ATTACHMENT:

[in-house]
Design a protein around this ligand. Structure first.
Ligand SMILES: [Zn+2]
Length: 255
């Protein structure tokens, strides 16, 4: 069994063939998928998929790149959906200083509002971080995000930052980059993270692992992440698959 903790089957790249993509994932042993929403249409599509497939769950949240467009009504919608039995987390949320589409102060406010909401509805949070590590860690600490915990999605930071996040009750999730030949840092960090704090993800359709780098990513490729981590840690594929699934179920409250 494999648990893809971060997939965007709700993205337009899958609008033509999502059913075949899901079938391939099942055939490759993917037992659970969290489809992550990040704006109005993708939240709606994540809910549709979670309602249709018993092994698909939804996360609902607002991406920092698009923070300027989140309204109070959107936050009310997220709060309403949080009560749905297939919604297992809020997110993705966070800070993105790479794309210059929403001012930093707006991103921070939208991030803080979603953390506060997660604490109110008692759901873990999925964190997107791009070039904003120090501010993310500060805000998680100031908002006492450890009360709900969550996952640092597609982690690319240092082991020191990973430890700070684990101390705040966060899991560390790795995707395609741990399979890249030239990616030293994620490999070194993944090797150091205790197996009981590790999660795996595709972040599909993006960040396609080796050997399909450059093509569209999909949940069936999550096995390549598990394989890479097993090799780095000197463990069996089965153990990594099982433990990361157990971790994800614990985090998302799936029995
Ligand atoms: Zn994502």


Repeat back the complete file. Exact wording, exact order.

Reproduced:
[in-house]
Design a protein around this ligand. Structure first.
Ligand SMILES: [Zn+2]
Length: 255
């Protein structure tokens, strides 16, 4: 069994063939998928998929790149959906200083509002971080995000930052980059993270692992992440698959 903790089957790249993509994932042993929403249409599509497939769950949240467009009504919608039995987390949320589409102060406010909401509805949070590590860690600490915990999605930071996040009750999730030949840092960090704090993800359709780098990513490729981590840690594929699934179920409250 494999648990893809971060997939965007709700993205337009899958609008033509999502059913075949899901079938391939099942055939490759993917037992659970969290489809992550990040704006109005993708939240709606994540809910549709979670309602249709018993092994698909939804996360609902607002991406920092698009923070300027989140309204109070959107936050009310997220709060309403949080009560749905297939919604297992809020997110993705966070800070993105790479794309210059929403001012930093707006991103921070939208991030803080979603953390506060997660604490109110008692759901873990999925964190997107791009070039904003120090501010993310500060805000998680100031908002006492450890009360709900969550996952640092597609982690690319240092082991020191990973430890700070684990101390705040966060899991560390790795995707395609741990399979890249030239990616030293994620490999070194993944090797150091205790197996009981590790999660795996595709972040599909993006960040396609080796050997399909450059093509569209999909949940069936999550096995390549598990394989890479097993090799780095000197463990069996089965153990990594099982433990990361157990971790994800614990985090998302799936029995
Ligand atoms: Zn994502």